According to Farnham, when the Tax Department is made aware of a solar energy project on land in the current use program, it reaches out to learn more. If the project does not meet the criteria in the bulletin, the department asks the landowner to remove the property under the project from the current use program.
If the landowner refuses, the entire parcel of land could be disqualified. The landowner has an opportunity to appeal at a few points in the process. Farnham said he is not aware of many cases where there have been issues around solar projects and land in the current use program.
"We are doing the best at the department to accommodate the changing nature of farms under the existing law," Farnham said.
Ultimately, he said, the property valuation division is working within the constraints of the statute.
"Current use enrollment and the nature of farms going forward is an important conversation to have," Farnham said.
Beldock said the requirement that farmers use 51 percent of the power generated by the installation is unrealistic. Farms do not use that much electricity, he said.
His farm uses just a small portion of the 150 kilowatts generated by the panels on the 0.92 acres of his property. The rest goes to power a senior living community nearby, he said.
Rep. Tony Klein, D-East Montpelier, who chairs the House Natural Resources and Energy Committee, said the issue represents a balancing act.
On one hand, solar could be a boost for agriculture and could have a place under the current use program, especially if the arrays do not alter the land. "We have a lot of farms in decline," he said.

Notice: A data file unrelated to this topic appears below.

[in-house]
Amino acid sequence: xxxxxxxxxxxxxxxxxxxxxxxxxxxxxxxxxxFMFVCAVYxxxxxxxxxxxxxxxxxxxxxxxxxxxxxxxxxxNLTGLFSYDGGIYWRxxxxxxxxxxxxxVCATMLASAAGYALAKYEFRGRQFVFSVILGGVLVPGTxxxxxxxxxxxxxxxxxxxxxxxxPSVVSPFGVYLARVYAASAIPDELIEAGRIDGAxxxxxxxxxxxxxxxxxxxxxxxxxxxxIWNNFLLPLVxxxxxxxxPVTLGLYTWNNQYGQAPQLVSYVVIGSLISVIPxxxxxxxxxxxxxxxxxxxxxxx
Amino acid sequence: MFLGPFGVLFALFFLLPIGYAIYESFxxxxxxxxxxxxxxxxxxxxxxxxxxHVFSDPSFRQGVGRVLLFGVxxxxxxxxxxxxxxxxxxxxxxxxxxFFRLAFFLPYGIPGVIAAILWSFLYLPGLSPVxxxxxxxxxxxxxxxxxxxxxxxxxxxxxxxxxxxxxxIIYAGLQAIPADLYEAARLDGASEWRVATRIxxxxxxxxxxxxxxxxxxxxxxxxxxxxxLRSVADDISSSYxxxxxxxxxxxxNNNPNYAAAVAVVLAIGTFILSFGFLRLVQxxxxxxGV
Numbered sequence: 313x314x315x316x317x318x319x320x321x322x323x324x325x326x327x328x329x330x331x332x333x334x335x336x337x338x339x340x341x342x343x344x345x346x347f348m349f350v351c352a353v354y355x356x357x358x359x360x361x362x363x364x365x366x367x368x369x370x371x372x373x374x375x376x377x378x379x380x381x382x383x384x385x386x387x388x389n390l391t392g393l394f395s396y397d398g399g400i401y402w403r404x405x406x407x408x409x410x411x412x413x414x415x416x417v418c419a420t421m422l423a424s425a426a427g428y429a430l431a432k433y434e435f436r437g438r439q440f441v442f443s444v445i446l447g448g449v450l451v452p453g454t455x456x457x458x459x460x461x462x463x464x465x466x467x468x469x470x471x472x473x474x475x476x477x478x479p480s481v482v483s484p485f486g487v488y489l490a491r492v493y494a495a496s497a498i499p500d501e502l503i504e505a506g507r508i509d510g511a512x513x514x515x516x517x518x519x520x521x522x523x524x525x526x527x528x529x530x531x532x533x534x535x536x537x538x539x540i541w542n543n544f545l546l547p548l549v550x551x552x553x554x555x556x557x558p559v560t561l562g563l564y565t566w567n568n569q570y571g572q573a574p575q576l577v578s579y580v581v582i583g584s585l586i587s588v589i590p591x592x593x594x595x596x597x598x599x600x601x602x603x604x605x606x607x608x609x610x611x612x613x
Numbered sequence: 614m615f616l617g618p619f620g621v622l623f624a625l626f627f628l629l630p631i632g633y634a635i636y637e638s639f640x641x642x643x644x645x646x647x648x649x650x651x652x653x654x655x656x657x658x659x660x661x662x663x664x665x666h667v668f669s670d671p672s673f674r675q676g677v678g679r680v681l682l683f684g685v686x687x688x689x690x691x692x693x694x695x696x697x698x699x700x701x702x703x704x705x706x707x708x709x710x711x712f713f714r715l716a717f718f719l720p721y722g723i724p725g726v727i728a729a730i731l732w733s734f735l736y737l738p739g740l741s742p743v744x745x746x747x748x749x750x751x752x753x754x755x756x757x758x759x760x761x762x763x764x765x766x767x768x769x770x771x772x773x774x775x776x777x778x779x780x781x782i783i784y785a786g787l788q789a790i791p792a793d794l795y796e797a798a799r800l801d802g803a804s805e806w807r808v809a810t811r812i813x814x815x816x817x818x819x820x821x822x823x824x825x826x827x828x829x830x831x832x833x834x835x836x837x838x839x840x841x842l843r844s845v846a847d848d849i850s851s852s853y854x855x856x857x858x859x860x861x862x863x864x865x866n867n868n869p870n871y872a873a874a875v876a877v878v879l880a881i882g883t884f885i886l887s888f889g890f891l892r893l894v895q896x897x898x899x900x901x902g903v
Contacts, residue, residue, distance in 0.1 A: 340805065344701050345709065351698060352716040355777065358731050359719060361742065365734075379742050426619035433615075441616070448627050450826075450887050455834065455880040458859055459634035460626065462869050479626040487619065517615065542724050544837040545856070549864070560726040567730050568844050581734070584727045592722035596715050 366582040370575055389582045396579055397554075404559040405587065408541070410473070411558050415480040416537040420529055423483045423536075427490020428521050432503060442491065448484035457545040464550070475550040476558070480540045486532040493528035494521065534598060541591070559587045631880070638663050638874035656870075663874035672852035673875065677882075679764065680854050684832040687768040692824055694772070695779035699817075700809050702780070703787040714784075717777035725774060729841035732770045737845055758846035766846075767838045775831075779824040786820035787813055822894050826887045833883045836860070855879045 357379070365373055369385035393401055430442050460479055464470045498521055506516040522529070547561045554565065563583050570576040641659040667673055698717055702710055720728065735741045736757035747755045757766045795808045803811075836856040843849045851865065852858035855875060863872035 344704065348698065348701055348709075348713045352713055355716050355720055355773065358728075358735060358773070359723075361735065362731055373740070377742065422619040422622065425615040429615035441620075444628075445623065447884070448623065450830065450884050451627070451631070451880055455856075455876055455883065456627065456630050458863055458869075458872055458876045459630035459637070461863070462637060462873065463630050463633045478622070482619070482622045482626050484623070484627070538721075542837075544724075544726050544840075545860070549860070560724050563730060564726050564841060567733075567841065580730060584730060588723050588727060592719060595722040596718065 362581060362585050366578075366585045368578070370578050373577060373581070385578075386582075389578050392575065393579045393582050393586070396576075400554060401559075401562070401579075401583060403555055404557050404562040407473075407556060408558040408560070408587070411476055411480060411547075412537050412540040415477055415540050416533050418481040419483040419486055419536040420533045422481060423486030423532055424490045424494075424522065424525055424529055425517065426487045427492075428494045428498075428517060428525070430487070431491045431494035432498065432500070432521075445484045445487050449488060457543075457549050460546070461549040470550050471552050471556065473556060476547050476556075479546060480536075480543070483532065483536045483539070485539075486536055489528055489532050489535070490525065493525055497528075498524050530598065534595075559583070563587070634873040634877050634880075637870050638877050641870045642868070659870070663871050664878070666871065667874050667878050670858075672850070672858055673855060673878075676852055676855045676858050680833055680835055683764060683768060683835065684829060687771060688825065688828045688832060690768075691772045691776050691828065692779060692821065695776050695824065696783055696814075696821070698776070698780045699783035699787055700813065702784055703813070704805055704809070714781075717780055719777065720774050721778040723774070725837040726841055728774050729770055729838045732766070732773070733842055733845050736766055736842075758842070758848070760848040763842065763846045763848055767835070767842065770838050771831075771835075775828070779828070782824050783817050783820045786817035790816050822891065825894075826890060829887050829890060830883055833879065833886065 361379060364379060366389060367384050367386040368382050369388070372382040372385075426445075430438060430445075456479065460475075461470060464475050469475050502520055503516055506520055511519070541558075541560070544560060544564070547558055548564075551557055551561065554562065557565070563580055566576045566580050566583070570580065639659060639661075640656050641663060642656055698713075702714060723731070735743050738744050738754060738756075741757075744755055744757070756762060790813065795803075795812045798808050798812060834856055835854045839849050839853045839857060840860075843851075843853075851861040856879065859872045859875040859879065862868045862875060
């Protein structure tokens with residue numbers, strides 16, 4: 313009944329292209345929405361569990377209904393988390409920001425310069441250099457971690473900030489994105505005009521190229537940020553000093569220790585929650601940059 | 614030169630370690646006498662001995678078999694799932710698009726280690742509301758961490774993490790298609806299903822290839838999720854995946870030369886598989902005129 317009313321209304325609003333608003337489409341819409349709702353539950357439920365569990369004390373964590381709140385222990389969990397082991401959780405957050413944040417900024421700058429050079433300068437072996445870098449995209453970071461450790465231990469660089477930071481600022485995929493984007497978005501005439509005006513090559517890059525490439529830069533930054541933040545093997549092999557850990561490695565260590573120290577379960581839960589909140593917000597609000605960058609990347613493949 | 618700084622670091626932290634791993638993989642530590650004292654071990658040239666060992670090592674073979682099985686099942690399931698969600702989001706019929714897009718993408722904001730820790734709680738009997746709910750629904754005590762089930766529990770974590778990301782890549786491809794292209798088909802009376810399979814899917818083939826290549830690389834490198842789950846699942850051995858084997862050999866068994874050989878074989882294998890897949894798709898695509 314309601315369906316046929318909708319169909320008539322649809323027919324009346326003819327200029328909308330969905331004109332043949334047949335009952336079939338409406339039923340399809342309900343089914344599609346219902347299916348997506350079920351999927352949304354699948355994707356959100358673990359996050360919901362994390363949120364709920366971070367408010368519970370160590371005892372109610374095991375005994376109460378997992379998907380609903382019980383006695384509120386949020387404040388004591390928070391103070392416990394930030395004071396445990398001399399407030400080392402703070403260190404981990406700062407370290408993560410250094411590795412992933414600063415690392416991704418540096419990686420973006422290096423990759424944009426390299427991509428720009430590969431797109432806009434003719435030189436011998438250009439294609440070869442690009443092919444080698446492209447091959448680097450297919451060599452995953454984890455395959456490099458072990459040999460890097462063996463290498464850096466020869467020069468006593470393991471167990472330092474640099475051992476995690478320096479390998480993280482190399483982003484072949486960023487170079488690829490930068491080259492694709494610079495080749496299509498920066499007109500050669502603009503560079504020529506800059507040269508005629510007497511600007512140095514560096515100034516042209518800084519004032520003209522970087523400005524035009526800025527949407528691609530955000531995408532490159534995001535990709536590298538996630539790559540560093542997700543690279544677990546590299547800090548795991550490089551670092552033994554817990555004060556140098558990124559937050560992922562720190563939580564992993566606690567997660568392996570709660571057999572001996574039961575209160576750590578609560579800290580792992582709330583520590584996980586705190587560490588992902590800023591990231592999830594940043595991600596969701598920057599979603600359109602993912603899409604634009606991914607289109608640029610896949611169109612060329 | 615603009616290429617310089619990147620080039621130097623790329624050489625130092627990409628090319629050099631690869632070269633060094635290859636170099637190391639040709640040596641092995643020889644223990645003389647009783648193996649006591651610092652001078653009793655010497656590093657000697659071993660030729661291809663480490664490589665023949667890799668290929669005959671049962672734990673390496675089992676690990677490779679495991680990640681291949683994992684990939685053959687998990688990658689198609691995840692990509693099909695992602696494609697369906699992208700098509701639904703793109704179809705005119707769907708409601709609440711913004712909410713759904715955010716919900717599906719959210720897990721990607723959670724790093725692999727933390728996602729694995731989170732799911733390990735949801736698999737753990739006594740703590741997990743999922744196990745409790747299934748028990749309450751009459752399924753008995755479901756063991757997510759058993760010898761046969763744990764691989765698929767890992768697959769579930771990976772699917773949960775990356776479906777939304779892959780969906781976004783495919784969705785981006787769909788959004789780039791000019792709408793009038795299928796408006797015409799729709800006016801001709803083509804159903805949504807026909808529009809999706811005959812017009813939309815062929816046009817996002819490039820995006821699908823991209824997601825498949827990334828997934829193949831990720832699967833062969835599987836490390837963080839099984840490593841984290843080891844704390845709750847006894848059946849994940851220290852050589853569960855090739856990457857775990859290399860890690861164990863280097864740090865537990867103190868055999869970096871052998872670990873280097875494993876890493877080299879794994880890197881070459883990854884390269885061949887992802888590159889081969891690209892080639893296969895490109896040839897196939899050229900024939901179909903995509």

On the other hand, renewable energy structures do not technically fall within the definitions of the current use program, he said. Farmers who lease their land for solar arrays are likely to see more income from those agreements than they would save on the tax break from current use.
"Until proven otherwise, the current system works," Klein said.
However, he doesn't believe the book should be closed for good on the topic. Klein has said he will not seek re-election this year, but he hopes legislators will examine the issue in the future.
"I think that there should be a debate and discussion about it," Klein said.
Sen. Bobby Starr, D-Essex-Orleans, said it's an issue the committee he chairs, Senate Agriculture, has already spent time on.
Starr said his committee wrote legislation this year that would have added language about solar panels to the current use statute, but it did not move forward.
Starr said the crux of the issue for him relates to the quality of the land. If an array is on pasture land that can continue to be used for agricultural purposes, he does not see a problem with keeping it in current use.
"If you put those solar panels up high enough and you can graze, say, sheep or heifers under there, there isn't any reason to have to take that out," Starr said.
However, he said, there should be more restrictions on putting panels on prime agricultural lands, like cropland.
Starr said he hopes lawmakers, particularly those on the agriculture committees, will consider the issue soon.